school bus. Others get picked up by their parents or nannies, or by carpool with other parents. Some walk or ride their bikes, or take public transportation. But Baily Deeter of Atherton, CA, simply hits a button on his iPhone and orders a cab from
14-year-old Deeter isn’t the only one, either. According to Brian Solis, an analyst at the San Mateo-based Altimeter Group, in speaking with
Bloomberg, «Having an
Uber account is a growing trend, especially among high schoolers, reflective of the trust-based sharing economy.» Solis is among those parents who relies on the service for transporting their kids, funding his 17-year-old son’s Uber account.
Rocco Danese – a 13-year-old kid from Brooklyn also
profiled by the Bloomberg report – takes the subway to and from school, but uses Uber once or twice a week to get home from soccer practice in Manhattan when it ends late.
Although kids can’t set up their own Uber accounts, parents (like the Deeter, Solis and Danese families) can set them up and allow their children access, or remotely order a ride for their kid. The service allows parents to see who the driver is and track the ride, and some parents use a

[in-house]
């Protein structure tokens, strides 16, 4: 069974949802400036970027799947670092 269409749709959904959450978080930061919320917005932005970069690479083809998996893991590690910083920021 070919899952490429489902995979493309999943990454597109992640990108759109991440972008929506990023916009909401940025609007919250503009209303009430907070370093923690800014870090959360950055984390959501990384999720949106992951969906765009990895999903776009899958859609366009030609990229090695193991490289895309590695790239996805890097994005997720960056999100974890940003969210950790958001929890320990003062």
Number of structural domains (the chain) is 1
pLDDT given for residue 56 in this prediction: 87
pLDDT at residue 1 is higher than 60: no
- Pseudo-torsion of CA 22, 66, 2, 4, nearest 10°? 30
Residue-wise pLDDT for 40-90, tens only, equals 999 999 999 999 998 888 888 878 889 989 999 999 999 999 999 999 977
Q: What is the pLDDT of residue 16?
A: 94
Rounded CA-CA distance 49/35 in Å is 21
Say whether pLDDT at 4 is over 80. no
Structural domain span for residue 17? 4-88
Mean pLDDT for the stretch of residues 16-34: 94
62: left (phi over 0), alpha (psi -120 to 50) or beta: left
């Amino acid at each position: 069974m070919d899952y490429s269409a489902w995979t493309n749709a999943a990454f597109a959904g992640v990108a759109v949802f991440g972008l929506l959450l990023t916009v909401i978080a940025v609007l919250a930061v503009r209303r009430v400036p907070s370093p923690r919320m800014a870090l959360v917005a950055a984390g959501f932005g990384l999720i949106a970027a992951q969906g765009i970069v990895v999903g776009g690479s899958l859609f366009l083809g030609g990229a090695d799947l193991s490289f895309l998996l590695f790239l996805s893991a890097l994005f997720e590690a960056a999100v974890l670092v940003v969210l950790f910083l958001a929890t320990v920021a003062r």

GPS tracking app like Find My Friends or Life360 to monitor their child’s ride.
These technologies make such services safer than simply putting a child or teen in an non-trackable taxi, but certainly raises questions about the safety of trusting a stranger to transport your child. This past summer,
one passenger claimed he was temporarily kidnapped by an Uber driver trying to evade police. In January, an Uber driver
struck and killed a six-year-old pedestrian.
The limitations on children’s accounts means that companies like Uber and
Lyft can’t accurately track how many kids are using their services, but it appears to be a growing trend. Let us know what you think in the poll below.